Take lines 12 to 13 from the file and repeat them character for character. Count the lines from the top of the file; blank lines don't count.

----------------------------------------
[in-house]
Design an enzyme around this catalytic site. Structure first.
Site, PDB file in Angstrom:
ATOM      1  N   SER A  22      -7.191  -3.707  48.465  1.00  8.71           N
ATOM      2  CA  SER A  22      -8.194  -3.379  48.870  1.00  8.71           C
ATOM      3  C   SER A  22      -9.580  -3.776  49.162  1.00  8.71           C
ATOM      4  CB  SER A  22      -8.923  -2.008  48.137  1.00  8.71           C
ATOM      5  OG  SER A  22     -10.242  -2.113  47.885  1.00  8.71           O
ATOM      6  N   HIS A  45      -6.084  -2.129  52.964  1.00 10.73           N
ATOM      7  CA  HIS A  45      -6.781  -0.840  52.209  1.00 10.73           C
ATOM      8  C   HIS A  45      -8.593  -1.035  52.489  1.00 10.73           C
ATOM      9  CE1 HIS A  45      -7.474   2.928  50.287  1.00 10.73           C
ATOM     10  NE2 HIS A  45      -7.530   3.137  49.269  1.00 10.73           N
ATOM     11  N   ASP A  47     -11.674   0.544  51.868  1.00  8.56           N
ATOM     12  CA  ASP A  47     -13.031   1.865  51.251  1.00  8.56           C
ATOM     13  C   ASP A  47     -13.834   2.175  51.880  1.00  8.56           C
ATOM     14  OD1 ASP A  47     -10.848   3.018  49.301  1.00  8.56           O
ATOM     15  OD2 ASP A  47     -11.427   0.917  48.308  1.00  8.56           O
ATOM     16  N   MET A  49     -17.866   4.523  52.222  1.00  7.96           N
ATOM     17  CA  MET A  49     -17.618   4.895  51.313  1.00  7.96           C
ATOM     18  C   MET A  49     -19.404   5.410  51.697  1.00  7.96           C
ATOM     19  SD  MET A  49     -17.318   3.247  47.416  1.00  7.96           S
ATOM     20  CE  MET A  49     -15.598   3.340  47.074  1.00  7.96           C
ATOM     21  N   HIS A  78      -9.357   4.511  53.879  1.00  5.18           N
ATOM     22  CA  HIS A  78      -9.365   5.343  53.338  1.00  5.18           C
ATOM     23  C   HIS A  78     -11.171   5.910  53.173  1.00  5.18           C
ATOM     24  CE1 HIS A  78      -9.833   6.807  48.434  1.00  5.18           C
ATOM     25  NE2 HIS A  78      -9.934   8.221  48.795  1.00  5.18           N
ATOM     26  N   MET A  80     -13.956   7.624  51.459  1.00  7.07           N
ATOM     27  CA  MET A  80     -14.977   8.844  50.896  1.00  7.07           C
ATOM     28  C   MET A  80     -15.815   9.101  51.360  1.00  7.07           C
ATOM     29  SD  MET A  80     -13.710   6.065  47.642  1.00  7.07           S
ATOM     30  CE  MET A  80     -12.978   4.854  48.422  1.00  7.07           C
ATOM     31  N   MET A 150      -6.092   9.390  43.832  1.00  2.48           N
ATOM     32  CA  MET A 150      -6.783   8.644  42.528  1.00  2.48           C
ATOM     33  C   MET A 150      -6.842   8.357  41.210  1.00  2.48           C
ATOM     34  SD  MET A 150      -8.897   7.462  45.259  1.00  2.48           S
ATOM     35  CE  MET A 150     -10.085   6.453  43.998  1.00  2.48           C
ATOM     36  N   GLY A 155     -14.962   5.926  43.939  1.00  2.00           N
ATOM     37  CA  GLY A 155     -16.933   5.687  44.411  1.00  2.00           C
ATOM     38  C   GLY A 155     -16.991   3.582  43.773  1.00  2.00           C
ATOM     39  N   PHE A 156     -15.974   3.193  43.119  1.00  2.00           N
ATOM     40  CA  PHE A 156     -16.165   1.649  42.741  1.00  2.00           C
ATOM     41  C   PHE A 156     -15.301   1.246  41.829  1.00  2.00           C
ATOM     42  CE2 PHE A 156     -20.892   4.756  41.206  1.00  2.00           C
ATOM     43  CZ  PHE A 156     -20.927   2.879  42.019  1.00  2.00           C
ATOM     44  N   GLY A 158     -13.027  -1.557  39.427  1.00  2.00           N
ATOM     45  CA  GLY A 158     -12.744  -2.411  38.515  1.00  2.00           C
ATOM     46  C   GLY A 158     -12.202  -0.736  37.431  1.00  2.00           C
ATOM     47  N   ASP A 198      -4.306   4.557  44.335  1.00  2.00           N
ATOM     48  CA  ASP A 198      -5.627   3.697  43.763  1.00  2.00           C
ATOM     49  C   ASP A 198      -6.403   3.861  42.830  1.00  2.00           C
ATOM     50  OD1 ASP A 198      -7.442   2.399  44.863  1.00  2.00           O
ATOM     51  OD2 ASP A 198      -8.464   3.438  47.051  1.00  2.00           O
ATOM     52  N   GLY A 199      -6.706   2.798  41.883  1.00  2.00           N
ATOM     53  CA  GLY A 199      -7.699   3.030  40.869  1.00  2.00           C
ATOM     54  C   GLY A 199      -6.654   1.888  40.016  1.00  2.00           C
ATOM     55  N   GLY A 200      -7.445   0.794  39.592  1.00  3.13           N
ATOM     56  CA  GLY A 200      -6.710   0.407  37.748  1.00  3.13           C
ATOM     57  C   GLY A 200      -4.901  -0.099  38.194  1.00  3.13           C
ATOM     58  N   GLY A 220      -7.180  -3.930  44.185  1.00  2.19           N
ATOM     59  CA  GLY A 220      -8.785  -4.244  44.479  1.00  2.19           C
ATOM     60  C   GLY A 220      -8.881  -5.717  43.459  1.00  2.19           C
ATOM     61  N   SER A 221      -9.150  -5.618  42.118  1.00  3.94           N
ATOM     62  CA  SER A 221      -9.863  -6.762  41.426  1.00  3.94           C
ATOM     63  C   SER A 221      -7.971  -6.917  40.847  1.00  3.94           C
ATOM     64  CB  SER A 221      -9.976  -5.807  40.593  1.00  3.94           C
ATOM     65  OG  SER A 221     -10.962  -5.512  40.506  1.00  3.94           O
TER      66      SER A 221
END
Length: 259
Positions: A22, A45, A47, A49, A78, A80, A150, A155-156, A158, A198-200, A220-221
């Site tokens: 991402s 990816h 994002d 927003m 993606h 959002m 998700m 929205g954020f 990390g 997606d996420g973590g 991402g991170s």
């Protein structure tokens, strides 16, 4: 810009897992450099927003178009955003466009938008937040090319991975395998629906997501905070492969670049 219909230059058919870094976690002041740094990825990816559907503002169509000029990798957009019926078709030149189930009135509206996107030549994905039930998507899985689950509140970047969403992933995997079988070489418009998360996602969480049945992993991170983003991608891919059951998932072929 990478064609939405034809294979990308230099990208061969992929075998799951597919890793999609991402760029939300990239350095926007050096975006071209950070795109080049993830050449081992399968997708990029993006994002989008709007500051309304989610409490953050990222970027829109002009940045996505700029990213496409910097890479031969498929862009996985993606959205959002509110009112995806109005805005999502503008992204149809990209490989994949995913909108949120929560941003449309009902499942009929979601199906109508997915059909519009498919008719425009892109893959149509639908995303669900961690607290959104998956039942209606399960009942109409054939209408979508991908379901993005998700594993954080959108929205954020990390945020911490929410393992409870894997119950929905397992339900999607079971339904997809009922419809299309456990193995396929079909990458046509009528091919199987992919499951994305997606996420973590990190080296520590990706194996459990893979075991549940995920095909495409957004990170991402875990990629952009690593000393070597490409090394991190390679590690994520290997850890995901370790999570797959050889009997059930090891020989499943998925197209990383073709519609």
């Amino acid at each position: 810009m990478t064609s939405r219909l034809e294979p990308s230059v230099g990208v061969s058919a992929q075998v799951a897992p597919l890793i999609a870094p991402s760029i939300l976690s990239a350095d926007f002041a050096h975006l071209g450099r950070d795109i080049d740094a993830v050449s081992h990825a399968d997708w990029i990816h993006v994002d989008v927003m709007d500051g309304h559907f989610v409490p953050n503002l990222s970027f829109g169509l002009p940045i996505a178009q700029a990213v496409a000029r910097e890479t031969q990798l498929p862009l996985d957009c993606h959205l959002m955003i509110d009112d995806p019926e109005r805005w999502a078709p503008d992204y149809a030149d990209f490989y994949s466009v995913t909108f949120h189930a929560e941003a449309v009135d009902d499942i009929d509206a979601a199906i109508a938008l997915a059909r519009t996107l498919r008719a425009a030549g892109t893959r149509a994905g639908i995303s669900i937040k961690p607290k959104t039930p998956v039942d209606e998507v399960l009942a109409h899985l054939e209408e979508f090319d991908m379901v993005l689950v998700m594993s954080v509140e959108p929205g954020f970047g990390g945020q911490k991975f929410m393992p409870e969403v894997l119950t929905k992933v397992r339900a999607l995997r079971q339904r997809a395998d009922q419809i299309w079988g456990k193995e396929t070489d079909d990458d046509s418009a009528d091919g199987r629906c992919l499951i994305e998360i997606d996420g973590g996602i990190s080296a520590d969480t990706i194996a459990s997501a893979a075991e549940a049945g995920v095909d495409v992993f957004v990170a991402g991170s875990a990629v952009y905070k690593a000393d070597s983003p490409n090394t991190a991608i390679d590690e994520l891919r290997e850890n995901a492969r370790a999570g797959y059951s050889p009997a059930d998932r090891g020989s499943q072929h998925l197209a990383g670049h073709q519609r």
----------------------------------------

ATOM      9  CE1 HIS A  45      -7.474   2.928  50.287  1.00 10.73           C
ATOM     10  NE2 HIS A  45      -7.530   3.137  49.269  1.00 10.73           N